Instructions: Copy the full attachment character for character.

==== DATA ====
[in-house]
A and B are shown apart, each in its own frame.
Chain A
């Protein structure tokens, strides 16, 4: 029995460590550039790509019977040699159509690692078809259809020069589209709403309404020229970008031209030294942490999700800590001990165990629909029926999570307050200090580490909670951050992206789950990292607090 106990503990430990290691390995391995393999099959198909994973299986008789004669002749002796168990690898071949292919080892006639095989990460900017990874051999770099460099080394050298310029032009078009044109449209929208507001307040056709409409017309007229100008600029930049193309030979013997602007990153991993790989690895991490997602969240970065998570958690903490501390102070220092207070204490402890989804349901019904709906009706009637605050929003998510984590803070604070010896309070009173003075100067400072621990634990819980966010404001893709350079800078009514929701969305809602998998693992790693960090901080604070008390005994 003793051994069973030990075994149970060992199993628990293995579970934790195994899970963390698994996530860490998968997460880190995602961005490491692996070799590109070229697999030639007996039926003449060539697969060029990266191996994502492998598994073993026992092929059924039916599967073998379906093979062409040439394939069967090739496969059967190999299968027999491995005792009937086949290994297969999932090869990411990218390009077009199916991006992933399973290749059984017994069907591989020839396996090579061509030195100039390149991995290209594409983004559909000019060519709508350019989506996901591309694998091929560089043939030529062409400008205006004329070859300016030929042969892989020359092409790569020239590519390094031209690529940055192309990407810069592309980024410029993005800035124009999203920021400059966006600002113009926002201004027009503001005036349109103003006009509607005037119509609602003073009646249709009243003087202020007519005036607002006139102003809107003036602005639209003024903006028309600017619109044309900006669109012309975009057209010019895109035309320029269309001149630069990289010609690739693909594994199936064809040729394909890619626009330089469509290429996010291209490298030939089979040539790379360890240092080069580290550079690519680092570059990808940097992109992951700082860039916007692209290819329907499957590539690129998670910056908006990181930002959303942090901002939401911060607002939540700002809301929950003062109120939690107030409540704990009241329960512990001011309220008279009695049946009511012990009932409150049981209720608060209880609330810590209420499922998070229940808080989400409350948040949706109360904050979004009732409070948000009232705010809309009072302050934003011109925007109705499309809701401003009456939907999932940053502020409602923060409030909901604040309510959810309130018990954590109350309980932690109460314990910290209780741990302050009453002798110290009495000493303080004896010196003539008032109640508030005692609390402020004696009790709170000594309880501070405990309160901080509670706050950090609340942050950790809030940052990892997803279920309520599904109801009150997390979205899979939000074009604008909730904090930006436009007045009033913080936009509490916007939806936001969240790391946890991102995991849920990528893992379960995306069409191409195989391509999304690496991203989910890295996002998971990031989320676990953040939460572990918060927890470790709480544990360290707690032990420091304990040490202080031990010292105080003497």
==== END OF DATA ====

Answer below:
[in-house]
A and B are shown apart, each in its own frame.
Chain A
């Protein structure tokens, strides 16, 4: 029995460590550039790509019977040699159509690692078809259809020069589209709403309404020229970008031209030294942490999700800590001990165990629909029926999570307050200090580490909670951050992206789950990292607090 106990503990430990290691390995391995393999099959198909994973299986008789004669002749002796168990690898071949292919080892006639095989990460900017990874051999770099460099080394050298310029032009078009044109449209929208507001307040056709409409017309007229100008600029930049193309030979013997602007990153991993790989690895991490997602969240970065998570958690903490501390102070220092207070204490402890989804349901019904709906009706009637605050929003998510984590803070604070010896309070009173003075100067400072621990634990819980966010404001893709350079800078009514929701969305809602998998693992790693960090901080604070008390005994 003793051994069973030990075994149970060992199993628990293995579970934790195994899970963390698994996530860490998968997460880190995602961005490491692996070799590109070229697999030639007996039926003449060539697969060029990266191996994502492998598994073993026992092929059924039916599967073998379906093979062409040439394939069967090739496969059967190999299968027999491995005792009937086949290994297969999932090869990411990218390009077009199916991006992933399973290749059984017994069907591989020839396996090579061509030195100039390149991995290209594409983004559909000019060519709508350019989506996901591309694998091929560089043939030529062409400008205006004329070859300016030929042969892989020359092409790569020239590519390094031209690529940055192309990407810069592309980024410029993005800035124009999203920021400059966006600002113009926002201004027009503001005036349109103003006009509607005037119509609602003073009646249709009243003087202020007519005036607002006139102003809107003036602005639209003024903006028309600017619109044309900006669109012309975009057209010019895109035309320029269309001149630069990289010609690739693909594994199936064809040729394909890619626009330089469509290429996010291209490298030939089979040539790379360890240092080069580290550079690519680092570059990808940097992109992951700082860039916007692209290819329907499957590539690129998670910056908006990181930002959303942090901002939401911060607002939540700002809301929950003062109120939690107030409540704990009241329960512990001011309220008279009695049946009511012990009932409150049981209720608060209880609330810590209420499922998070229940808080989400409350948040949706109360904050979004009732409070948000009232705010809309009072302050934003011109925007109705499309809701401003009456939907999932940053502020409602923060409030909901604040309510959810309130018990954590109350309980932690109460314990910290209780741990302050009453002798110290009495000493303080004896010196003539008032109640508030005692609390402020004696009790709170000594309880501070405990309160901080509670706050950090609340942050950790809030940052990892997803279920309520599904109801009150997390979205899979939000074009604008909730904090930006436009007045009033913080936009509490916007939806936001969240790391946890991102995991849920990528893992379960995306069409191409195989391509999304690496991203989910890295996002998971990031989320676990953040939460572990918060927890470790709480544990360290707690032990420091304990040490202080031990010292105080003497």